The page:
New study to investigate sawfish resilience to climate change

January 14, 2015

Dr Adrian Gleiss (right) weighs a sawfish with James Keleher

A new study funded by the Australian Research Council will clarify the role that climate change plays in the population fluctuations of critically endangered sawfish in the Kimberley and their resilience to rising temperatures.

The information collected by Dr Adrian Gleiss from Murdoch University’s Freshwater Fish Group and Fish Health Unit will also identify which rivers provide the most favourable conditions for this iconic species and facilitate the protection of these habitats from increasing industrial development in north west Australia.

Dr Gleiss’ three year research project, which is part of an Australian Research Council Discovery Early Career Researcher Award, will also study the effects of climate change on bull sharks in the Fitzroy River.

“To help protect these species and others from the effects of climate change, it is important to understand how increased temperatures can alter their behaviour and physiology,” said Dr Gleiss.

“Temperature plays a big role in the way these fish function, influencing a range of biological processes including growth and reproduction. Previous work in the Fitzroy River shows that sawfish use the naturally occurring differences in temperature throughout the river to thermoregulate, so any change in behavior may have a significant impact on the biology of the species.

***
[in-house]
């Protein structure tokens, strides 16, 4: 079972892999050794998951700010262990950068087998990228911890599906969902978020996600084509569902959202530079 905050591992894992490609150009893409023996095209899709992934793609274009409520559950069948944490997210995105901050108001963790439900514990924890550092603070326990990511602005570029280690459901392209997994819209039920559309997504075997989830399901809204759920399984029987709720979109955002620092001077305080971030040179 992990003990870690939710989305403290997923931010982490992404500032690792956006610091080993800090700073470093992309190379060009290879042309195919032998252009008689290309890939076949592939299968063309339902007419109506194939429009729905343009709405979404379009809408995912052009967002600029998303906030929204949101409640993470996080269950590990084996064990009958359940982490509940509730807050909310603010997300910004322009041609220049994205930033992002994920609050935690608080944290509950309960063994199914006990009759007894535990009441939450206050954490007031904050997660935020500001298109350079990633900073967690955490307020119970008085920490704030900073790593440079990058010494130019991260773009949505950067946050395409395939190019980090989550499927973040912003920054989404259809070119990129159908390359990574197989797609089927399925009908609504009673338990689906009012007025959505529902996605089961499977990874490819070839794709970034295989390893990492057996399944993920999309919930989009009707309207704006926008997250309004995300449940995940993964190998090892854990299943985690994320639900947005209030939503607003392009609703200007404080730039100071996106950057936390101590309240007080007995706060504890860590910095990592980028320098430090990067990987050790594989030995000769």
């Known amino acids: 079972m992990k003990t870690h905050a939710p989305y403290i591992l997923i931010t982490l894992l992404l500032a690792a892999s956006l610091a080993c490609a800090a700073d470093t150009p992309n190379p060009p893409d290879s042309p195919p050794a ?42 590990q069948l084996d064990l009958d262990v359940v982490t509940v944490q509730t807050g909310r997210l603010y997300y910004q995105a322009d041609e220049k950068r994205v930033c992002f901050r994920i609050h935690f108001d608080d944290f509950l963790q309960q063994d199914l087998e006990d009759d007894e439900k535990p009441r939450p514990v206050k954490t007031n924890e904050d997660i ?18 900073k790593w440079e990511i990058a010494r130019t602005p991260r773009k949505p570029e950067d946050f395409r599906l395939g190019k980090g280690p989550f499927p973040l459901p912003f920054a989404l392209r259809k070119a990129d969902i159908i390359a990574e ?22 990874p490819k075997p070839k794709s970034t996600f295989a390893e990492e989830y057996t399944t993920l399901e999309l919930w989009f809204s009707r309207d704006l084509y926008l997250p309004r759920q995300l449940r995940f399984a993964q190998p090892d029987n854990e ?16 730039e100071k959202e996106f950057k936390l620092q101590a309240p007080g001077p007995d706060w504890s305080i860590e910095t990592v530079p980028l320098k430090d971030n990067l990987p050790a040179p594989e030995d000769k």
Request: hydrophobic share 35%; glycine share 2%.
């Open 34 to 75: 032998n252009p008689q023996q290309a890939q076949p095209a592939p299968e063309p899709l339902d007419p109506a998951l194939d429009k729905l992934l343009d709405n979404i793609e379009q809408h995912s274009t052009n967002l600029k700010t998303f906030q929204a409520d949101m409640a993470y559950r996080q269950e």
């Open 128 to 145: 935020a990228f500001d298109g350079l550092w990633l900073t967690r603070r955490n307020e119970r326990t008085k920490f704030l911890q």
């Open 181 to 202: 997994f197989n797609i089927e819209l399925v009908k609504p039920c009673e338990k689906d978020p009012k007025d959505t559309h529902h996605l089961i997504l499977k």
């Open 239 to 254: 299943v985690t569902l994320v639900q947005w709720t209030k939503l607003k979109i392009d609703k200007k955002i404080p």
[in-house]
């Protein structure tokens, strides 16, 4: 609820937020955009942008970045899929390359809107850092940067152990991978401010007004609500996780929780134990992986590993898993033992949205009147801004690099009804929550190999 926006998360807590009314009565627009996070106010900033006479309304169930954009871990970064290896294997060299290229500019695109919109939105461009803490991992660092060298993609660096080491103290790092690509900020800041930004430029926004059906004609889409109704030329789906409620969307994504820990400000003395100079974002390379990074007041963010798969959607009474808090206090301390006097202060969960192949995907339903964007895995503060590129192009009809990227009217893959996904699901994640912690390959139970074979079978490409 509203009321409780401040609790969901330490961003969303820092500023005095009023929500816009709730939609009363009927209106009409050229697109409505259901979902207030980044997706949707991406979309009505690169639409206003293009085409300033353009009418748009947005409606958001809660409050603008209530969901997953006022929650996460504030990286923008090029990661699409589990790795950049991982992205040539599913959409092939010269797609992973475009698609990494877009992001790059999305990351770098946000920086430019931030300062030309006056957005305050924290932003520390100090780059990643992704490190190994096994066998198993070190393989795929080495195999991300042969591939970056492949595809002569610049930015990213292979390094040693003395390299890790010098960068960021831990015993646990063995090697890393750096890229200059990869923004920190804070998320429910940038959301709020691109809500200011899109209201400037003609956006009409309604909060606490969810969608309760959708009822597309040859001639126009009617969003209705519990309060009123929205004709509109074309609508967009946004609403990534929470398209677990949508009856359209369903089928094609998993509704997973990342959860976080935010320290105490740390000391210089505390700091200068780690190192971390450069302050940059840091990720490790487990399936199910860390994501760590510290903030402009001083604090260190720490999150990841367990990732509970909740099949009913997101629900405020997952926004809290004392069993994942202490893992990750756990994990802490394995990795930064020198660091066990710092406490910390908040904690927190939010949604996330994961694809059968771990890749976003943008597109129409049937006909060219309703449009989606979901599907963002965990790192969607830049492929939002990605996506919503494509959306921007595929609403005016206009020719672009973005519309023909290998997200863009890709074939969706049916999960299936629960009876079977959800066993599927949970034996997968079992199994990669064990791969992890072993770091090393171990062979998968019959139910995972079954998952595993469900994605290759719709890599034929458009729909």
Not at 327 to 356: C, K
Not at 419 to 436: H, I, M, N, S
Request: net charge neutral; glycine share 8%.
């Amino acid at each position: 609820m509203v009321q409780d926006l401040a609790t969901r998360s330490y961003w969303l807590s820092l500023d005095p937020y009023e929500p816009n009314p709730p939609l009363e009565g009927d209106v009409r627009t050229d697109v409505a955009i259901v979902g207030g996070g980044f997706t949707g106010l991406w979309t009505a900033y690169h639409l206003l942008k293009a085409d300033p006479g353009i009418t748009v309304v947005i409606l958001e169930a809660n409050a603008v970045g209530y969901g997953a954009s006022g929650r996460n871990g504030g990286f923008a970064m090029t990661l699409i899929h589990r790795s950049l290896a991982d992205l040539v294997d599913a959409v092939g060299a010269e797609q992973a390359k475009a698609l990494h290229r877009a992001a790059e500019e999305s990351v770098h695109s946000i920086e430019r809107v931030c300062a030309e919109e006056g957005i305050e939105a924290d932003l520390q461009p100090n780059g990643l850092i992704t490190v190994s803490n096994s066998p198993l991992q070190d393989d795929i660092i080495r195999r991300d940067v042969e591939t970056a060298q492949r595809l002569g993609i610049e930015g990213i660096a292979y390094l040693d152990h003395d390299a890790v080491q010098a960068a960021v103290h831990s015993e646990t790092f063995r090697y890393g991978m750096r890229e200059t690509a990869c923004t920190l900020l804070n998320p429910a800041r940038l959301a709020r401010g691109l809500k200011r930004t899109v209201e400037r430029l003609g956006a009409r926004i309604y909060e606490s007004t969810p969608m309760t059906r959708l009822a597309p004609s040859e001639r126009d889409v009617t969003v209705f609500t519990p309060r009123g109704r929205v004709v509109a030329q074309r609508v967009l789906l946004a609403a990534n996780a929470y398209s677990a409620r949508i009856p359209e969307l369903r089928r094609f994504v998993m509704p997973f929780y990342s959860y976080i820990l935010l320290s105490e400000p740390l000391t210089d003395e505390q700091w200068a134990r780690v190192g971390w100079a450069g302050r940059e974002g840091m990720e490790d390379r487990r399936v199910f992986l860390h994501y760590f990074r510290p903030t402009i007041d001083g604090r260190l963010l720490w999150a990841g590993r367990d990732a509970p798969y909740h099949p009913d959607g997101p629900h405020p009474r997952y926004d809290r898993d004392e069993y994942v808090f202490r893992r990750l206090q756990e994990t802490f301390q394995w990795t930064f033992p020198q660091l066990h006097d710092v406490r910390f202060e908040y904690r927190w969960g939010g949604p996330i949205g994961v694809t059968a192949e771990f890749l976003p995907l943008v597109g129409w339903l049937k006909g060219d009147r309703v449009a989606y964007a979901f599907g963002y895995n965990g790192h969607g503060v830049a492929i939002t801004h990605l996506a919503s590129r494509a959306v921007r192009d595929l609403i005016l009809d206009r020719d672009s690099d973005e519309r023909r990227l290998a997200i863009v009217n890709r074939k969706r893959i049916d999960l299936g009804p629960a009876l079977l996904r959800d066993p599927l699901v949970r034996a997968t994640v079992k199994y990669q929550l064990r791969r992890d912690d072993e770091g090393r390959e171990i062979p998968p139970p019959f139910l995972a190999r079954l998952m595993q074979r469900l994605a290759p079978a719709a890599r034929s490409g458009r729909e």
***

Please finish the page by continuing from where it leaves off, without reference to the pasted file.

“For the first time, this project will try to answer how behavioural changes allow these animals to cope with changing environmental conditions. Such behavioural change may underlie the resilience to climate change of many other species and systems globally and the methodology we develop will pave the way for assessments of other animal-environmental interactions.”

Innovative technology including tagging, new theory and climate modeling will be utilised by Dr Gleiss and his collaborators in the $335,000 study.

Sawfish and bull sharks were chosen for the study because of their differences and similarities, said Dr Gleiss. Sawfish are largely sedentary, spending 50 per cent of their time motionless on the riverbed whereas bull sharks are continuously swimming. Both species occur in the Fitzroy River in their juvenile stages and leave the river before reaching maturity.

Dr Gleiss, who has previously worked at Stanford University in the United States and Swansea University in the UK, will be collaborating with Dr David Morgan and Dr Steve Beatty from Murdoch’s Freshwater Fish Group and Fish Health Unit on the study.

Dr Gleiss will also be working with Professor Neil Loneragan and Associate Professor Alan Lymbery from Murdoch’s Centre for Fish, Fisheries and Aquatic Ecosystems. Scientists from the University of Western Australia, the University of Melbourne and the Mote Marine Laboratory in the US are also involved in the study.

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